John Harrison (1693-1776) was the English clockmaker who designed and built the first successful chronometers, clocks accurate enough to take to sea to measure longitude. He began his work in 1730 with the first sea trial in 1736. After 5 versions of his chronometer, he satisfied Britain's Board of Longitude government, earning some 23,000 pounds which he had recieved in increments as partial payments for various versions. The Board never did award him their full 20,000 pound prize.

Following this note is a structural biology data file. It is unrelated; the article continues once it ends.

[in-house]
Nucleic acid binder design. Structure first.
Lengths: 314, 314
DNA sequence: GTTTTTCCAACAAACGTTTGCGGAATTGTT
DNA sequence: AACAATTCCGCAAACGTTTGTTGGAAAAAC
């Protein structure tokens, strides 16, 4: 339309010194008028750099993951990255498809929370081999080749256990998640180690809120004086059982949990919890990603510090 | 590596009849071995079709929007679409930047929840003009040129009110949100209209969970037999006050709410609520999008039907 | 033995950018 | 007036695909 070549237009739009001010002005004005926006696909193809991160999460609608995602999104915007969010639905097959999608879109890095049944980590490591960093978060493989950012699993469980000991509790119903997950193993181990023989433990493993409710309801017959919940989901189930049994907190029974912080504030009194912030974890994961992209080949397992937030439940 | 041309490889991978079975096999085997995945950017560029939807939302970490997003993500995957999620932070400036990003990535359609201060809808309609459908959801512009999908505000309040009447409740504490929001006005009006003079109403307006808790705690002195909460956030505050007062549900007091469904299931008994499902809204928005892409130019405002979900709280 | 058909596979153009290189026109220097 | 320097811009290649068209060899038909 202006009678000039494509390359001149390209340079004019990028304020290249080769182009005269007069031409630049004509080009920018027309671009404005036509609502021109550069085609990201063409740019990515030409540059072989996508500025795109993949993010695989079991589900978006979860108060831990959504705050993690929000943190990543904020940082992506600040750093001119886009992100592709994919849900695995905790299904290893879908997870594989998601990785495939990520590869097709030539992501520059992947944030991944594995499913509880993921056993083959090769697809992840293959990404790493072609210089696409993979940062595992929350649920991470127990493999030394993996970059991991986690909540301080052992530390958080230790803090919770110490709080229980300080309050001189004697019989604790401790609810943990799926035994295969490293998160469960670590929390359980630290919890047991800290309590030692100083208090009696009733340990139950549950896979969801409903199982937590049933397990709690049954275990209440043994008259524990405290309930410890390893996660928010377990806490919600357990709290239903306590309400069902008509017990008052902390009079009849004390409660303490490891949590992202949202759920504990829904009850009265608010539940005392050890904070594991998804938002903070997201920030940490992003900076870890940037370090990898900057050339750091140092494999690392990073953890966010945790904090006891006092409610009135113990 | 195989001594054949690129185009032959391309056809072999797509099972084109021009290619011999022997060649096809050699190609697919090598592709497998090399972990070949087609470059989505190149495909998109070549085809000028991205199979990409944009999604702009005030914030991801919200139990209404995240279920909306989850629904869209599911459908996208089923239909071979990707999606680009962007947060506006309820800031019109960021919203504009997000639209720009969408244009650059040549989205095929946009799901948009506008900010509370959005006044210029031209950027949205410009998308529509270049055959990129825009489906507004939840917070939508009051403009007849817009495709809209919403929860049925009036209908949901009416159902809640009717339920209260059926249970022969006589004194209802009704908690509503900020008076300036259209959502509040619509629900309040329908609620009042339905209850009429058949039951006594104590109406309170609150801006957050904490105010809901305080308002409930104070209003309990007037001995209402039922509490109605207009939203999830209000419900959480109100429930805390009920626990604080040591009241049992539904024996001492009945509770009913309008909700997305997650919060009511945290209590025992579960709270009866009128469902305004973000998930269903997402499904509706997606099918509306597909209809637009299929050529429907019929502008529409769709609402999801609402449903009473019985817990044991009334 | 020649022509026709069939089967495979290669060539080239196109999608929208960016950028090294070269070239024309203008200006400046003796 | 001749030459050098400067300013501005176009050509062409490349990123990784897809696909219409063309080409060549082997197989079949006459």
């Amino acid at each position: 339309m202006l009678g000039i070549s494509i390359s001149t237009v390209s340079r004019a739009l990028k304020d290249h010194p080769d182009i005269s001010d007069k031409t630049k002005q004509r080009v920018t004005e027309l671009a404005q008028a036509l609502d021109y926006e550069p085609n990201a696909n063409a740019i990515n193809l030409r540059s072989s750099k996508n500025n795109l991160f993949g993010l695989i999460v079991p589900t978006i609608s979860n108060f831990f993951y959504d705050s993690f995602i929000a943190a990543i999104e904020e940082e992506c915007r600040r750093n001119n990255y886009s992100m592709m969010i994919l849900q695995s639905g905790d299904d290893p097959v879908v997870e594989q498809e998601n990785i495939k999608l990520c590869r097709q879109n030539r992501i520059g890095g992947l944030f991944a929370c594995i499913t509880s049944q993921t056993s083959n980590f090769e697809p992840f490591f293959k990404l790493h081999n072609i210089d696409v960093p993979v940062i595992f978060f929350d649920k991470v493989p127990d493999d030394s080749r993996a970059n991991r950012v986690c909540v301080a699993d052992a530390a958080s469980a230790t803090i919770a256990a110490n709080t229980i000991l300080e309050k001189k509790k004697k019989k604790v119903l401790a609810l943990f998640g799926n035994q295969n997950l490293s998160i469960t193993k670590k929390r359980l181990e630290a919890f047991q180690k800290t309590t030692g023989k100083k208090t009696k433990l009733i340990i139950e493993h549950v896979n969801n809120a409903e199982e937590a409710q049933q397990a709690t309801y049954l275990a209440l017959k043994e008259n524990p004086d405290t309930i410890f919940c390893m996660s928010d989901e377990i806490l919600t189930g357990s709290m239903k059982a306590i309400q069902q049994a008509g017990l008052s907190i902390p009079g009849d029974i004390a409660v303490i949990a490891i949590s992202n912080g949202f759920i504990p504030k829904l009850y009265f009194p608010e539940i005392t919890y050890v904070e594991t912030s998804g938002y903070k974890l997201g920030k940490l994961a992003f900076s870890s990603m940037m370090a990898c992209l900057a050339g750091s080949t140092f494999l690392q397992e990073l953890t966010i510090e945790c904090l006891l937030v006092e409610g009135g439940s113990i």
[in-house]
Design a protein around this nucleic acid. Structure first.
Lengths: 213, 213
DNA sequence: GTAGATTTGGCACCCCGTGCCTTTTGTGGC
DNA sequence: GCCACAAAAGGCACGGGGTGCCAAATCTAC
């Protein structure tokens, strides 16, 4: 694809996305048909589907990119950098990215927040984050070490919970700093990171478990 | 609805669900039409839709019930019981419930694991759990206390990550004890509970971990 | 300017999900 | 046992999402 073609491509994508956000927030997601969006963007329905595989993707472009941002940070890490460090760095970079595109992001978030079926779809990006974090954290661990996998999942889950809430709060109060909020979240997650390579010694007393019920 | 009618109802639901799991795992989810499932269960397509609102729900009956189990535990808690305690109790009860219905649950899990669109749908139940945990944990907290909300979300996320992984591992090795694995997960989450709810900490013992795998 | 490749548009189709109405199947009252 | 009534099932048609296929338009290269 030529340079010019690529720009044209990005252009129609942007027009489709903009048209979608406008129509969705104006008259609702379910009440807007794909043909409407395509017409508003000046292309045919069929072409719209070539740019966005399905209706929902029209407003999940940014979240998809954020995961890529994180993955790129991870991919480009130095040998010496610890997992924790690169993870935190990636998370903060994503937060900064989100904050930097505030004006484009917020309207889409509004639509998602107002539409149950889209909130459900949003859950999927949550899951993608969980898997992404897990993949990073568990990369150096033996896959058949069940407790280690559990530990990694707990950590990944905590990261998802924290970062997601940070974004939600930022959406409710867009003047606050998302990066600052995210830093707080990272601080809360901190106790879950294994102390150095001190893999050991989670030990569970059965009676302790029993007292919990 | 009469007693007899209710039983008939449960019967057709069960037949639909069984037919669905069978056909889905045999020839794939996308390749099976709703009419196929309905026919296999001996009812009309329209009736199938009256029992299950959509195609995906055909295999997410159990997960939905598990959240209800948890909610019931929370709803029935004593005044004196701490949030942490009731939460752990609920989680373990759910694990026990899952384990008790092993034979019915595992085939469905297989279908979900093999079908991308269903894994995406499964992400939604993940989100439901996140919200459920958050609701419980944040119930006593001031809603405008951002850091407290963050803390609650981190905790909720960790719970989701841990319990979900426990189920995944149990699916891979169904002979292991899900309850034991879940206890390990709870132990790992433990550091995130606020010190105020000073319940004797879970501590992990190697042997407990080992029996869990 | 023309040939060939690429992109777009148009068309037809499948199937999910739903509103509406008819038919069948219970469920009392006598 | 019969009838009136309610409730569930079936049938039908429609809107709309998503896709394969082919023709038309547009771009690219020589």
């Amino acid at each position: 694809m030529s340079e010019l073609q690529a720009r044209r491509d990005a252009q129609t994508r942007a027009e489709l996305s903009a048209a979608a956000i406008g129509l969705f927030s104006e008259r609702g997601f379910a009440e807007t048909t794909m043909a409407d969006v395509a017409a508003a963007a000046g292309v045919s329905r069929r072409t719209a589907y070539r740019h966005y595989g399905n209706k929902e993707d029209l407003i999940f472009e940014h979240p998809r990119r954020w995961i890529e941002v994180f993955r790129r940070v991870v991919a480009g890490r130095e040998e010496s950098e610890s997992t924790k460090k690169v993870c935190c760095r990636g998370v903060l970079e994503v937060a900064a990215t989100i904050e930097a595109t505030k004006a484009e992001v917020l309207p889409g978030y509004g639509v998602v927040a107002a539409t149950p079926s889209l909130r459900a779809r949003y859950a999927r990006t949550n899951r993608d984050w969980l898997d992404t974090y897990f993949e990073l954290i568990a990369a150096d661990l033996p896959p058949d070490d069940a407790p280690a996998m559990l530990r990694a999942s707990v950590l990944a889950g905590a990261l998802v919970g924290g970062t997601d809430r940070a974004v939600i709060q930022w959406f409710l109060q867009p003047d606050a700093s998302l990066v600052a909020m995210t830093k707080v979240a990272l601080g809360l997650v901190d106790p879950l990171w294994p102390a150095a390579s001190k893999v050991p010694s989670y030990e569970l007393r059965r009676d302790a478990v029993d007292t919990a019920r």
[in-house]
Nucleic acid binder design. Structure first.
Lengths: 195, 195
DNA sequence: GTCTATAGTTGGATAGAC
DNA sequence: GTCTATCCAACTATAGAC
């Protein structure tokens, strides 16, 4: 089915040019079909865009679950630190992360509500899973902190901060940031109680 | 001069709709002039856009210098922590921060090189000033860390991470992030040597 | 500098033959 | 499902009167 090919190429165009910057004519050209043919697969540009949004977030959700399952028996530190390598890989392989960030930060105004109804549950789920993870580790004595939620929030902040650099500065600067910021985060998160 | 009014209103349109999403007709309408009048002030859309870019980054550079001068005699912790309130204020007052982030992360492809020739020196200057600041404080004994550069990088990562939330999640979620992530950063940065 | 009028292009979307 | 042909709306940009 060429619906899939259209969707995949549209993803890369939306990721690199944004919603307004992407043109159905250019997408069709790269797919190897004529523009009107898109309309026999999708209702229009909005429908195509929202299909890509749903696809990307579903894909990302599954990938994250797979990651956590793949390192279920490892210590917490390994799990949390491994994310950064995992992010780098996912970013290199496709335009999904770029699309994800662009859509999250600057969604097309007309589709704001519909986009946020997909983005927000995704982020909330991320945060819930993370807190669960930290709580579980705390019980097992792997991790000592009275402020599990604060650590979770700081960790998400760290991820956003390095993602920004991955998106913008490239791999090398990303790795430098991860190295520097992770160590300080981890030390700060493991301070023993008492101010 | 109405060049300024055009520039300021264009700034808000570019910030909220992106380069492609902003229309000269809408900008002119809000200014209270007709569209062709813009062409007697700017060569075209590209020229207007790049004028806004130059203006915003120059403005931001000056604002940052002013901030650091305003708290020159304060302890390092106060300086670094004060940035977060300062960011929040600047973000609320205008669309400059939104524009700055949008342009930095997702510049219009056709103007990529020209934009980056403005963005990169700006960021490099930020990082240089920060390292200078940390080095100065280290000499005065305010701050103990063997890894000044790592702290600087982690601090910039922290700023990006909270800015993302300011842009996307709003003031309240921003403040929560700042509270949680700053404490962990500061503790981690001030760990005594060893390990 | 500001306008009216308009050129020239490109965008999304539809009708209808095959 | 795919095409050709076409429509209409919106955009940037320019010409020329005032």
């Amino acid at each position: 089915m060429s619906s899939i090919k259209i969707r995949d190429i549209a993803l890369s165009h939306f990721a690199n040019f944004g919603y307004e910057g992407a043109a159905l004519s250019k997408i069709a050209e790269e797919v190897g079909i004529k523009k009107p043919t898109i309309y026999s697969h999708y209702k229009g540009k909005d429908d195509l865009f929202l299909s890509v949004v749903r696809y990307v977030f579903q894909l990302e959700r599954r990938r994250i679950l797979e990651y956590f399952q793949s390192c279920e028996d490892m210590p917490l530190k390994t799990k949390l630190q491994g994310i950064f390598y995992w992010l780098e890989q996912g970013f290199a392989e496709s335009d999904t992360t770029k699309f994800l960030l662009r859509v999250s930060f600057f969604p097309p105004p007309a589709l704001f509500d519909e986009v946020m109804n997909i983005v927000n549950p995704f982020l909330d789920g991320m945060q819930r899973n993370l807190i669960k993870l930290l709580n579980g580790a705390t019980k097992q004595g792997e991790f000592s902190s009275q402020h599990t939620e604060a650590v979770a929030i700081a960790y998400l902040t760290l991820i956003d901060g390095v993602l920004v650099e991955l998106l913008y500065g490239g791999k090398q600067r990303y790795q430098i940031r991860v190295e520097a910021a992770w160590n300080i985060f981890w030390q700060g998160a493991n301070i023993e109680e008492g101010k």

This image is a version of P.L. Tassaert's half-tone print of Thomas King's original 1767 portrait of John Harrison, located at the Science and Society Picture Library, London.